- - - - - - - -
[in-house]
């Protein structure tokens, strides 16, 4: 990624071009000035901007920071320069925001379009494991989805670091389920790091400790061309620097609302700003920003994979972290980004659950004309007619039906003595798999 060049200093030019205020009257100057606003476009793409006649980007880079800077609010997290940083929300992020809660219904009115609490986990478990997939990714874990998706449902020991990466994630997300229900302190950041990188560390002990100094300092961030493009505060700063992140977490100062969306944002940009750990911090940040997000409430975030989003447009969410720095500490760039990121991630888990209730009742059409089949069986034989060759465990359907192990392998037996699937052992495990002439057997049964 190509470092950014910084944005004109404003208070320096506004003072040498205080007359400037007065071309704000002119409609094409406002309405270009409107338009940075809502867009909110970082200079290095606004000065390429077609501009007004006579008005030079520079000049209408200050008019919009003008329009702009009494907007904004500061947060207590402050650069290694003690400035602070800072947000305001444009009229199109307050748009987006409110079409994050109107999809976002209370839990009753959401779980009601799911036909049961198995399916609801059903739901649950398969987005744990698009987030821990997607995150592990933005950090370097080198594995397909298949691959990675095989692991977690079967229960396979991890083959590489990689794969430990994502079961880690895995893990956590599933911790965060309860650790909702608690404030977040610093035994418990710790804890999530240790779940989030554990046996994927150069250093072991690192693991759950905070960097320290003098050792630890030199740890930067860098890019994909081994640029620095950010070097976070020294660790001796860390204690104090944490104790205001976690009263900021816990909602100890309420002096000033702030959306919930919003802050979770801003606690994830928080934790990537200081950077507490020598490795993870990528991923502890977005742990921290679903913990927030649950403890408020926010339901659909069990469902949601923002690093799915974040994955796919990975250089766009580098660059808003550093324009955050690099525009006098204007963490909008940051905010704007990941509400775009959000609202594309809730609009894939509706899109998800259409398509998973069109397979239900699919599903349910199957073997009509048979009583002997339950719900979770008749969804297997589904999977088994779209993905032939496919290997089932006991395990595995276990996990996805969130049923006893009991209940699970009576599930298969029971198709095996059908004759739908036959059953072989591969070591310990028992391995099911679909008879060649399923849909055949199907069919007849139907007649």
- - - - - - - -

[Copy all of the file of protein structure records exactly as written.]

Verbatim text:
[in-house]
């Protein structure tokens, strides 16, 4: 990624071009000035901007920071320069925001379009494991989805670091389920790091400790061309620097609302700003920003994979972290980004659950004309007619039906003595798999 060049200093030019205020009257100057606003476009793409006649980007880079800077609010997290940083929300992020809660219904009115609490986990478990997939990714874990998706449902020991990466994630997300229900302190950041990188560390002990100094300092961030493009505060700063992140977490100062969306944002940009750990911090940040997000409430975030989003447009969410720095500490760039990121991630888990209730009742059409089949069986034989060759465990359907192990392998037996699937052992495990002439057997049964 190509470092950014910084944005004109404003208070320096506004003072040498205080007359400037007065071309704000002119409609094409406002309405270009409107338009940075809502867009909110970082200079290095606004000065390429077609501009007004006579008005030079520079000049209408200050008019919009003008329009702009009494907007904004500061947060207590402050650069290694003690400035602070800072947000305001444009009229199109307050748009987006409110079409994050109107999809976002209370839990009753959401779980009601799911036909049961198995399916609801059903739901649950398969987005744990698009987030821990997607995150592990933005950090370097080198594995397909298949691959990675095989692991977690079967229960396979991890083959590489990689794969430990994502079961880690895995893990956590599933911790965060309860650790909702608690404030977040610093035994418990710790804890999530240790779940989030554990046996994927150069250093072991690192693991759950905070960097320290003098050792630890030199740890930067860098890019994909081994640029620095950010070097976070020294660790001796860390204690104090944490104790205001976690009263900021816990909602100890309420002096000033702030959306919930919003802050979770801003606690994830928080934790990537200081950077507490020598490795993870990528991923502890977005742990921290679903913990927030649950403890408020926010339901659909069990469902949601923002690093799915974040994955796919990975250089766009580098660059808003550093324009955050690099525009006098204007963490909008940051905010704007990941509400775009959000609202594309809730609009894939509706899109998800259409398509998973069109397979239900699919599903349910199957073997009509048979009583002997339950719900979770008749969804297997589904999977088994779209993905032939496919290997089932006991395990595995276990996990996805969130049923006893009991209940699970009576599930298969029971198709095996059908004759739908036959059953072989591969070591310990028992391995099911679909008879060649399923849909055949199907069919007849139907007649």